How To Pass On An Employee For Promotion?

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How To Pass On An Employee For Promotion

Promotions are often hard-won. Many workers believe they deserve to advance their careers and will contend fiercely for that chance.

However, the unfortunate truth is that there isn’t room for everybody at the top of a firm’s command chain. Some employees will undoubtedly perform better than others, and it’s your duty as a manager or business owner to decide who is most capable of taking on more responsibilities. Those who display leadership skills should be keenly considered, too.

That said, one must navigate these decisions with care. Your employee relationships can break down if rejections and commiserations aren’t handled tactfully, so it’s worth strategising your approach here. Workers often receive a lot of advice on what to do when passed over for promotion, but bosses and managers aren’t always prepared for these situations, either.

So, how should you pass on an employee for promotion? The suggestions below should help.

How To Pass On An Employee For Promotion?

Refer to Expert Consensus

You’ll know why your employee hasn’t been promoted. They may even know it themselves, deep down, too.

However, it would help if you didn’t leave them with your justifications alone. Many experts can reasonably theorise why workers don’t advance, and it’s worth referring to that consensus. That way, you can explain there is a precedent behind your decision-making. The approach may also ensure that the employee won’t suspect you have some vendetta against them. If your rationale aligns with an expert’s, few can justifiably argue with your verdict.

Refer to Expert Consensus

The employee may also feel like they’ve been more objectively passed over for promotion, thus more inclined to take concrete steps toward their development. It’s not bad luck that has led to the rejection, but something actionable that can be altered. Ultimately, referring to an expert-driven consensus can build a stronger foundation for these discussions.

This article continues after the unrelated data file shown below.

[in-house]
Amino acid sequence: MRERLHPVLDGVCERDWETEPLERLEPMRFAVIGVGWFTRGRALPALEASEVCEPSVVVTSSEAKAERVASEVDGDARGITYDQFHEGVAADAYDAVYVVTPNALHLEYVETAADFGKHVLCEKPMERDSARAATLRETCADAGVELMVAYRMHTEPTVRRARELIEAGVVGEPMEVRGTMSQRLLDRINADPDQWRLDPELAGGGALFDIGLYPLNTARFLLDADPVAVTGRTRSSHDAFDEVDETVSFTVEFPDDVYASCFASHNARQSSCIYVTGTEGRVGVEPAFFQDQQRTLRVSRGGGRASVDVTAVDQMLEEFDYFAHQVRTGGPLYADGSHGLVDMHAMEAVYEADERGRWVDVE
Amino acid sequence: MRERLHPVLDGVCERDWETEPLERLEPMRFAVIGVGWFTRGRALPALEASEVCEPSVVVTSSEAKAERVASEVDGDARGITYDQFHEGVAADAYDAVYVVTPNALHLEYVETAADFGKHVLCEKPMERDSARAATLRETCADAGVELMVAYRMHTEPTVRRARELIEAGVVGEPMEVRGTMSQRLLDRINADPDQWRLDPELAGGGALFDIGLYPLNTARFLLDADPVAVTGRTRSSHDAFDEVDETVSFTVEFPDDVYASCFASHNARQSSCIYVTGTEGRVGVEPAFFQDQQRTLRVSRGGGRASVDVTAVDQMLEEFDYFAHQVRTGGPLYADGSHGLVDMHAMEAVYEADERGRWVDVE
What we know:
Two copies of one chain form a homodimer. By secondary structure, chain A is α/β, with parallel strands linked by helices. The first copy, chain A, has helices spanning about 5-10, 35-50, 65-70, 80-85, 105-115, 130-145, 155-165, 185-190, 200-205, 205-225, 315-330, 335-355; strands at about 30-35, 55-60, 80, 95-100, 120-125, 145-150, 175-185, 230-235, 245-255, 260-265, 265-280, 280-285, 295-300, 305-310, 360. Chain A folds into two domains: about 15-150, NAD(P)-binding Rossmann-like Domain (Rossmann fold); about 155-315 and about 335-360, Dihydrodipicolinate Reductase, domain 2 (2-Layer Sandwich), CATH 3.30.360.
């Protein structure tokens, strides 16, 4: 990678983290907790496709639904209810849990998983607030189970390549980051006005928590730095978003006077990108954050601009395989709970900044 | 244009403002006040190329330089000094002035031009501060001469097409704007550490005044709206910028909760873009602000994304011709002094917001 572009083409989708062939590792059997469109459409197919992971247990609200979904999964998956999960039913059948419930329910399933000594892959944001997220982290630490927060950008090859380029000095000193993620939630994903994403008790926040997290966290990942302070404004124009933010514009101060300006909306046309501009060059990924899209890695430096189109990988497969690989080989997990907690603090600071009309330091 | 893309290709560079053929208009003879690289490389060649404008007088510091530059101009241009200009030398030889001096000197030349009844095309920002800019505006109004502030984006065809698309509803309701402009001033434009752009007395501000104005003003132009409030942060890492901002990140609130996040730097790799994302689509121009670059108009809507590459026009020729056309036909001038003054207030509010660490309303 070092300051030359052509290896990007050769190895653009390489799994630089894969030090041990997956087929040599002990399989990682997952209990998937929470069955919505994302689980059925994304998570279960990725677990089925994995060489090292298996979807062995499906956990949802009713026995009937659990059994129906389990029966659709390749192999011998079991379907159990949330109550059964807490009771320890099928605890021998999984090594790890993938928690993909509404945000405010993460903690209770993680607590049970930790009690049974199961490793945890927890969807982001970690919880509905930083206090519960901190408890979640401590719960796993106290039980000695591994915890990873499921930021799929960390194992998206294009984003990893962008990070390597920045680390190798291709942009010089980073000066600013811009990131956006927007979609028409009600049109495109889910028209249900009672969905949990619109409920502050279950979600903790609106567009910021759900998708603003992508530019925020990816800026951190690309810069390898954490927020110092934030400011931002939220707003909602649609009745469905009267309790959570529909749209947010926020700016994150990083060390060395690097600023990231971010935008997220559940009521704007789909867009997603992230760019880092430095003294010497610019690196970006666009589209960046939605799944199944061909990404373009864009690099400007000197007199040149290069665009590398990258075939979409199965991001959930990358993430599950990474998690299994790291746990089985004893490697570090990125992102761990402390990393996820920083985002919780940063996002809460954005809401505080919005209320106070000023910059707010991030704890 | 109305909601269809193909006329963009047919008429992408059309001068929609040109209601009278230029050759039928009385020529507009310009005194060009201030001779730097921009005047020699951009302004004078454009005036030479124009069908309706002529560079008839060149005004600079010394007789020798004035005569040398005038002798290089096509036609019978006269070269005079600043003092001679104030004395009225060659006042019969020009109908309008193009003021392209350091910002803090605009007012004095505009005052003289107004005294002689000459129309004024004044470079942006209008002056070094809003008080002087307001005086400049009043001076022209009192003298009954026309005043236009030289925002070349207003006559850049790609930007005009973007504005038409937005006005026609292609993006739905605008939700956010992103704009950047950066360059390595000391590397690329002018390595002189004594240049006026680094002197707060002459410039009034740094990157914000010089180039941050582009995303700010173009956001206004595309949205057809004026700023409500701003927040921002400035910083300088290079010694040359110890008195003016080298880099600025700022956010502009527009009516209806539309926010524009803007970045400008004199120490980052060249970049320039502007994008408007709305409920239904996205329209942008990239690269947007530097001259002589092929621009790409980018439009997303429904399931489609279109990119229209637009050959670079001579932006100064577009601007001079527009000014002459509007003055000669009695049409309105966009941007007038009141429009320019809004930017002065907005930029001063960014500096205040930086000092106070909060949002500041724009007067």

Encourage the Use of an LMS

If a worker has been passed on for promotion, they still need to believe that their career isn’t dead in the water. There needs to be further room for enrichment and reward.

A learning management system (LMS) can achieve that. It is one of the company’s most responsible investments. Employers develop their teams through these programs, encouraging independent learning and giving workers all the resources they need to develop their careers. Employees can access training wherever they are, and any type of learning can be assigned and tracked; in-person, online, video, social, in-person, or a mix of all of them.

Encourage the Use of an LMS

Of course, your business may prefer one e-learning platform over another. Working with Kallidus, you can explore a demo of LMS learning opportunities to see if the service is suitable for your company. Know that many reputable organisations trust the platform, from Aston Martin to the NHS. It’s also user-friendly, so you won’t need to train your workers to get familiar with the systems. It can provide instant satisfaction for your workers.

Employees need to know that there are facilities to allow them to bounce back from rejection quickly. The right LMS platform can ensure that happens, restoring a worker’s confidence and refocusing them quickly. Remind them of those opportunities, and give the employee a say in these strategies too. That way, they’re still moving forward in a promising fashion. Positive and proactive attitudes are required here.

Be Empathetic

The workplace used to be a cold and calculating place. These attitudes are unacceptable by today’s standards.

You must be sympathetic to an employee who didn’t get the promotion. While that doesn’t mean you need to make grovelling apologies, you should thank the employee for their interest in the position and let them know their contributions are valued regardless of their position. Express these sentiments in person to appear more genuine and heartfelt.

Be Empathetic

Think about setting an example too. The behaviour of senior staff members can influence others in your business, so being mindful and kind in your interaction is key. Otherwise, an employee may assume that a detached personality is the best way to go about being regarded well, which will create other problems in the business. Build up their self-esteem.

Try to show restraint here, as well. After all, it can be possible to oversteer in your empathy and to potentially make promises you cannot keep. Be direct and to the point; your employee will understand their position and hopefully even value it.

Follow Up Regularly

The discussion around promotions is constant. As your firm grows, so will the number of positions for leadership.

Try not to treat the first conversation as a closed matter. If your employees use an LMS, you have great reason to check in on their development.

Follow Up Regularly

While you shouldn’t promise a promotion in the future, you can at least acknowledge that the worker has aspirations they are working hard to achieve. Recognise their efforts, even if they don’t earn them a promotion.

Following up on these conversations lets staff know there’s more to the workplace than ascending a career ladder. The work they do has inherent value on its own, and there are other ways to develop as a person and a professional. Continued conversations get that message across.